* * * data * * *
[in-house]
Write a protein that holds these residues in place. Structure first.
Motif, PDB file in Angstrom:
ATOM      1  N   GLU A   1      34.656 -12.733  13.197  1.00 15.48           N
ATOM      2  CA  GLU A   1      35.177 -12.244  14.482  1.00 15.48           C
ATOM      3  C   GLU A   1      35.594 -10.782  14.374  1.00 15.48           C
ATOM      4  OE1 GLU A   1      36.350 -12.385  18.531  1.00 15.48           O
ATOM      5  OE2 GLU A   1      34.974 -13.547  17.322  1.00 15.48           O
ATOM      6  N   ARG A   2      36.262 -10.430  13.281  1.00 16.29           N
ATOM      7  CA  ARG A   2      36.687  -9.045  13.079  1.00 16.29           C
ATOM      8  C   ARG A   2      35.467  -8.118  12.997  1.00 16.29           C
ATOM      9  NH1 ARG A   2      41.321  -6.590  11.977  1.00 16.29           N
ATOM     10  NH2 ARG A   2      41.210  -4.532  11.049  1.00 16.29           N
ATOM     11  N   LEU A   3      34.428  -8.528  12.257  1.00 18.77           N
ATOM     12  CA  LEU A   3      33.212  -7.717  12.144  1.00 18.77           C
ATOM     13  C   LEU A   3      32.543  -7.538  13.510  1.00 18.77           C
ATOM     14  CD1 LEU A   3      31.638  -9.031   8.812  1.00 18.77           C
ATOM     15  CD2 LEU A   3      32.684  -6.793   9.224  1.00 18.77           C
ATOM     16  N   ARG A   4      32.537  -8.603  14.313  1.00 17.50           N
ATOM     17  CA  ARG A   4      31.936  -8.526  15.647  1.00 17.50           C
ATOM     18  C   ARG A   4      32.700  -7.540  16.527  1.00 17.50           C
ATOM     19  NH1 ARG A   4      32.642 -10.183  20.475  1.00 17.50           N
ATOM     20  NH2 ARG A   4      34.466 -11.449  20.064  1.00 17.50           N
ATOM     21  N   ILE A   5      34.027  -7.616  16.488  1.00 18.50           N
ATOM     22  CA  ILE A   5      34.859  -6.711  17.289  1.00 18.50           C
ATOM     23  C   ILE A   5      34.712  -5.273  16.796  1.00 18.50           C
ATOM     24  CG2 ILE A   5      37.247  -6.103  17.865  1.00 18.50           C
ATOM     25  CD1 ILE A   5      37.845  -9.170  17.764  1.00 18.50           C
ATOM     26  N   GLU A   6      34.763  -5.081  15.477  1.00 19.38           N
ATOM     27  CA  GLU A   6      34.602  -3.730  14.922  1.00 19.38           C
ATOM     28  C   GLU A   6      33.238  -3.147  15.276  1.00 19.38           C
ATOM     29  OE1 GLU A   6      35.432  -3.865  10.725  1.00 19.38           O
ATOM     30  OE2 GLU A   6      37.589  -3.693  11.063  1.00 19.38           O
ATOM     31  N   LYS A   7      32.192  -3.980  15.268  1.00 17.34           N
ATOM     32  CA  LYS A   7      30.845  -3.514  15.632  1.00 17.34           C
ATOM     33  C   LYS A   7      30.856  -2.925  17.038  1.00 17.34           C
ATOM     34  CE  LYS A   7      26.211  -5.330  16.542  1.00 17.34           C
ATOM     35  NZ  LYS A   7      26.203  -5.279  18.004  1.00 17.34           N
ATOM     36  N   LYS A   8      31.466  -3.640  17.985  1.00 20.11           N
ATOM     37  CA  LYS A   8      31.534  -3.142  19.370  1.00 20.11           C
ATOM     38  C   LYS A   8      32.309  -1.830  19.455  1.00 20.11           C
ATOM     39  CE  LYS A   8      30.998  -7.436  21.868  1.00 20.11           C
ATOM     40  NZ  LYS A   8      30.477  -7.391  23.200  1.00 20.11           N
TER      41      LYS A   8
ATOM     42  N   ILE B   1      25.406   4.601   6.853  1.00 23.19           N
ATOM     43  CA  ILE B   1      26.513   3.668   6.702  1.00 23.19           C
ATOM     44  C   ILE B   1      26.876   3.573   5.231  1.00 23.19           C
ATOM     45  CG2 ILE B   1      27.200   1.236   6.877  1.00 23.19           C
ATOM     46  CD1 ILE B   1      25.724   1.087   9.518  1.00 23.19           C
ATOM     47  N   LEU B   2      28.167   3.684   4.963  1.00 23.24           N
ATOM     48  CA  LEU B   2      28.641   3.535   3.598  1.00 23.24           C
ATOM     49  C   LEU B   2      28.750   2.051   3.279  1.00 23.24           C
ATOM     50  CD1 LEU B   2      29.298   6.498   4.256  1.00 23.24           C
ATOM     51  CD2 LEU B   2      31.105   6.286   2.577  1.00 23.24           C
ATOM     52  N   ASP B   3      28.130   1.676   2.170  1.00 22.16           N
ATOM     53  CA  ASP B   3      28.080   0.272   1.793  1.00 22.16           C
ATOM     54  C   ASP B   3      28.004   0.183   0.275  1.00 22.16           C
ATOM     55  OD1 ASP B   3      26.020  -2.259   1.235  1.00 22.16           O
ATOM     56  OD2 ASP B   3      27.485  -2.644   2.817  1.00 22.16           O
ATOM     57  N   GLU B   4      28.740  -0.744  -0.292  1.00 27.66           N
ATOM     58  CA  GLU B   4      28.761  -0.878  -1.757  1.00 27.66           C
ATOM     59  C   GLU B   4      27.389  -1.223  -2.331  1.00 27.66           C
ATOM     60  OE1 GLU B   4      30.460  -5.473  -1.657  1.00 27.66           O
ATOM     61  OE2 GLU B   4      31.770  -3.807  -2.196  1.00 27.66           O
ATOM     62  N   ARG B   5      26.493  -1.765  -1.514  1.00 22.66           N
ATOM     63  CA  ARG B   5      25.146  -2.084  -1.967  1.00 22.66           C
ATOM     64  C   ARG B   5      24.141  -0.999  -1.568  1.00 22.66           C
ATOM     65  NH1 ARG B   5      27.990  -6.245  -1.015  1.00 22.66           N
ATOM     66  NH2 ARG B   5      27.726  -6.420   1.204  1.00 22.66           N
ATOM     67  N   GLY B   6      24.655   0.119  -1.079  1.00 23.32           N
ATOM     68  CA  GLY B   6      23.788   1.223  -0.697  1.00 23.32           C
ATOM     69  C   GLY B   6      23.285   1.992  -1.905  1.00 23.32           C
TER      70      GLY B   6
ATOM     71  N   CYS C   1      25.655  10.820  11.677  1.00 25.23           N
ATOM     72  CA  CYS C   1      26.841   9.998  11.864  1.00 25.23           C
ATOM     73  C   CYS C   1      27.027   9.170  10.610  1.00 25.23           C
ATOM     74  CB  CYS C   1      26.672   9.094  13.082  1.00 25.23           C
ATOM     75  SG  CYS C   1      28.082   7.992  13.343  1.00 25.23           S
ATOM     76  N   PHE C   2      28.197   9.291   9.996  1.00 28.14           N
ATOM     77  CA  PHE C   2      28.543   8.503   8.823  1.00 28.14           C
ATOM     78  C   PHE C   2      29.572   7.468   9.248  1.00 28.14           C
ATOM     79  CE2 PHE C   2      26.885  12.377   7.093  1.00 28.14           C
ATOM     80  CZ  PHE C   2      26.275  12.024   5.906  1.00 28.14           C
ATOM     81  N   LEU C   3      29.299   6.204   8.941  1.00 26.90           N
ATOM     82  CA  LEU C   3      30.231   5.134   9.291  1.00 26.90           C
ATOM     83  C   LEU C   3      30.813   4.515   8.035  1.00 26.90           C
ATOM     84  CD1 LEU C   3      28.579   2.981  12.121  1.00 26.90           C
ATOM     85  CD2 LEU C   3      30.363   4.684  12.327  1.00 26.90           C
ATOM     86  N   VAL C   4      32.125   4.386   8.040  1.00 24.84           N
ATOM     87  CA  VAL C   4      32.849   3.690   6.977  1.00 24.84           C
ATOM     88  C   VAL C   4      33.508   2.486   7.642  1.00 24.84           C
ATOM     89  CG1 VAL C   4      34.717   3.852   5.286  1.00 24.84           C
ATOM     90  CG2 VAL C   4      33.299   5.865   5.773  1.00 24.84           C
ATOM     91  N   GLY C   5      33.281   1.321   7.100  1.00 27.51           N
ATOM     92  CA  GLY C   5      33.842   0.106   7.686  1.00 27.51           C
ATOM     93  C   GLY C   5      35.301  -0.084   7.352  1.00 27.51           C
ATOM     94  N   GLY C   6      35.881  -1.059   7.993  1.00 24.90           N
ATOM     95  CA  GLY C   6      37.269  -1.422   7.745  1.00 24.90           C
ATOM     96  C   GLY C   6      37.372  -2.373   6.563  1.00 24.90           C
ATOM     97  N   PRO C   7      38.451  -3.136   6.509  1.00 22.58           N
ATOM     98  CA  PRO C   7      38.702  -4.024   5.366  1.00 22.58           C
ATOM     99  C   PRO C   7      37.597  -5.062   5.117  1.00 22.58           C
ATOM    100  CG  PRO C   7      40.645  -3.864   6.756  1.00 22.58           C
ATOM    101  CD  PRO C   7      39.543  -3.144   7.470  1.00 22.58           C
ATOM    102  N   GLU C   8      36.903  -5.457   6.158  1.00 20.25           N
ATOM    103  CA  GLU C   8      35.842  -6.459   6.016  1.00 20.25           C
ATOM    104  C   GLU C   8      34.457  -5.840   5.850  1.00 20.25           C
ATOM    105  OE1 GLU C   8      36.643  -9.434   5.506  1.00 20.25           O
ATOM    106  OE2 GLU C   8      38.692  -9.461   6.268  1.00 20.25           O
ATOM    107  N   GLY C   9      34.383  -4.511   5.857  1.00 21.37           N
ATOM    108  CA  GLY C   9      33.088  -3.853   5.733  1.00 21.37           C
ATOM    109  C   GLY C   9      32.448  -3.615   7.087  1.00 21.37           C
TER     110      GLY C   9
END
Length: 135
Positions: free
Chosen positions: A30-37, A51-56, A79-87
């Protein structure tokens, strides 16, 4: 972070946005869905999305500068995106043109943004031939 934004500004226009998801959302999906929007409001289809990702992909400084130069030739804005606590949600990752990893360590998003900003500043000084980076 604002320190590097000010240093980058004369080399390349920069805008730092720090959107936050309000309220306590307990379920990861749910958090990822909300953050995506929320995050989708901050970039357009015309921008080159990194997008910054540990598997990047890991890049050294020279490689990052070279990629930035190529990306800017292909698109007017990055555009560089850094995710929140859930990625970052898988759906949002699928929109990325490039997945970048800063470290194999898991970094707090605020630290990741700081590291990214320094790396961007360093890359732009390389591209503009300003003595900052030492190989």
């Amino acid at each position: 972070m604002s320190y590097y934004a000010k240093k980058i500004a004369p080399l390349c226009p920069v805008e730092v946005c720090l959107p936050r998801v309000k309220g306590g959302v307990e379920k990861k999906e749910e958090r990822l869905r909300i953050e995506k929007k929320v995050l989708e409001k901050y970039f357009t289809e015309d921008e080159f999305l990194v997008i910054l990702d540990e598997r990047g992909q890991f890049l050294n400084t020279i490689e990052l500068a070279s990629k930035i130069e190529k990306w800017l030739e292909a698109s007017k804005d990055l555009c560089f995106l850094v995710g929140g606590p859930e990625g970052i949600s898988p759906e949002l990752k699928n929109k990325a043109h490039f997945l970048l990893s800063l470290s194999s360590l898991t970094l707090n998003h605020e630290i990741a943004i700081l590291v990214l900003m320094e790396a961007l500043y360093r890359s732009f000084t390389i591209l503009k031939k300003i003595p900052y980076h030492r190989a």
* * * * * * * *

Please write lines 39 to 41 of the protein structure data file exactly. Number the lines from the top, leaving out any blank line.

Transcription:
ATOM     36  N   LYS A   8      31.466  -3.640  17.985  1.00 20.11           N
ATOM     37  CA  LYS A   8      31.534  -3.142  19.370  1.00 20.11           C
ATOM     38  C   LYS A   8      32.309  -1.830  19.455  1.00 20.11           C